Azevedo, N., Alves, M., Gonçalves, Nascimento, A., Couceiro, M., Neves, C., Gomes, E., Vieira, R., Rosa, J., & Guerrero, A. (2010). Investigar em educação: desafios da construção de conhecimento e da formação de investigadores num campo multi-referenciado. Caparica: UIED – Coleção Educação e Desenvolvimento.
Barnett, R. (1994). The limits of competence. Knowledge, Higher Education and Society. Buckingam: Ed SRHE & Open University Press.
Barnett, R. (2013). Imagining the University. Abingdon: Routledge.
Biesta, G. (2010). What is education for? In G. Biesta (ed.) Good education in an age of measurement: ethics, politics and democracy. Boulder: Paradigm Publishers, 10–27.
Bogdan, R., & Biklen, S. (1994). Investigação qualitativa em Educação: uma introdução à teoria e aos métodos. Porto: Porto Editora.
Eggins, H. (2003). Globalization and reform: necessary conjunctions in higher education. In H. Eggins (ed.) Globalization and reform in Higher Education. Buckingham: SRHE and Open University Press, 1–8.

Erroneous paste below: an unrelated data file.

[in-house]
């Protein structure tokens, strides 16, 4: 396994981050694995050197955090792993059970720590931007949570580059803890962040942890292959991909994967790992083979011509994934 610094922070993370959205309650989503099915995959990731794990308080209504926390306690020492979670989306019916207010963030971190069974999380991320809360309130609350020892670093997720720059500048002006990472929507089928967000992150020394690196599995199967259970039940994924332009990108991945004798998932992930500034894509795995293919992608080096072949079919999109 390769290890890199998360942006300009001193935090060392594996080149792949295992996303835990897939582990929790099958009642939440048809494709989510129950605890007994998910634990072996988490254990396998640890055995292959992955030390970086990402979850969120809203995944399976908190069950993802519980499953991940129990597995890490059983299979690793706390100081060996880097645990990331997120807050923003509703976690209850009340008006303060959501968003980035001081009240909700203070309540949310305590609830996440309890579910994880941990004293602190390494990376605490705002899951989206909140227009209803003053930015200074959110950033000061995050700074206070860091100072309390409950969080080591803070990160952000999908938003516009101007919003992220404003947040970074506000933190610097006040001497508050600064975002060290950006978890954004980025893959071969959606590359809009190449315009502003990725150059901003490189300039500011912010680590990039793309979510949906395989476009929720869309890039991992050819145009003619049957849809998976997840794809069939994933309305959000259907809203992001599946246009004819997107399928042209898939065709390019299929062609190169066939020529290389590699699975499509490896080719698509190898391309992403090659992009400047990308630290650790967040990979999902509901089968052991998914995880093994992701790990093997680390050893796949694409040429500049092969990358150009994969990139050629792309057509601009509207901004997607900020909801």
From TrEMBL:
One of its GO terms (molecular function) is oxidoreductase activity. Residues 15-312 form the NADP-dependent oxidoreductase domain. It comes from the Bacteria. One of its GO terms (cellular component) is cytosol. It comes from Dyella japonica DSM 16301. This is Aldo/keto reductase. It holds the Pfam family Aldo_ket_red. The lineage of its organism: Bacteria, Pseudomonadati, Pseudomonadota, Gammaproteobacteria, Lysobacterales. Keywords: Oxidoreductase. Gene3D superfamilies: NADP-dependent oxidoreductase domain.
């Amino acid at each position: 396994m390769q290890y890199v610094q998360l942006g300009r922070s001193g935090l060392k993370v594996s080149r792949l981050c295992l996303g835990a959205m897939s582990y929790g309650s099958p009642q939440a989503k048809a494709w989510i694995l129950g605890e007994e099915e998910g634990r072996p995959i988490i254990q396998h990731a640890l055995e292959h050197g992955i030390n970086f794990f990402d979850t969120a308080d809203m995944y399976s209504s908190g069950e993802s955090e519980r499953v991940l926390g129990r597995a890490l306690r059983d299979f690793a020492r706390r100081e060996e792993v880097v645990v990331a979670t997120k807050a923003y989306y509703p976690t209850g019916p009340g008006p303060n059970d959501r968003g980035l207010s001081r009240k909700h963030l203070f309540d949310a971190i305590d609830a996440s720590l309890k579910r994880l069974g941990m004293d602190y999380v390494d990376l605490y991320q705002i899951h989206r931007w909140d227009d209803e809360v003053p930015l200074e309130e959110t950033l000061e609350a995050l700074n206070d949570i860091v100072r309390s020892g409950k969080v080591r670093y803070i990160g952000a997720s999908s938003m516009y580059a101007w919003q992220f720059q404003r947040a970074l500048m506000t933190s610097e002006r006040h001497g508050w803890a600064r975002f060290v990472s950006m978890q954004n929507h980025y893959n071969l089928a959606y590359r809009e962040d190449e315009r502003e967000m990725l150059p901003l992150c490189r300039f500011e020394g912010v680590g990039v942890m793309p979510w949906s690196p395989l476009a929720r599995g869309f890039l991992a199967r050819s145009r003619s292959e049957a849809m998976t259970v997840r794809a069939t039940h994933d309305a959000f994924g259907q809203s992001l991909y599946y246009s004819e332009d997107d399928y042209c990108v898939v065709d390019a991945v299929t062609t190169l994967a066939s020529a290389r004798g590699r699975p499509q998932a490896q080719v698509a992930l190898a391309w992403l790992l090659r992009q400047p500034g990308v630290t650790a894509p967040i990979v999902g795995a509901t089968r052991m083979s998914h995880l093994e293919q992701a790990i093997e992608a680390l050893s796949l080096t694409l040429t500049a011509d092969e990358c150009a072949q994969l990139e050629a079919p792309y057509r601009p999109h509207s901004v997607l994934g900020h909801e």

Freire, P. (1996). Pedagogia da Autonomia. Saberes necessários à prática educativa. Rio de Janeiro: Editora Paz e Terra.
Gomes, M. J., & Alves, A. P. (2010). O potencial educativo dos e-portfolios. Revista e-Curriculum 5, 1–12.
Gonçalves, D., & Ramalho, R. (2009). O (e)Portfolio Reflexivo como estratégia de Formação. Actas das Jornadas E-Portfolio – Jornadas Internacionales Docencia, investigación e innovación en la Universidad: Trabajar con (e) portfolio en la Universidad. Santiago de Compostela: Universidad – Santiago de Compostela, 1–15.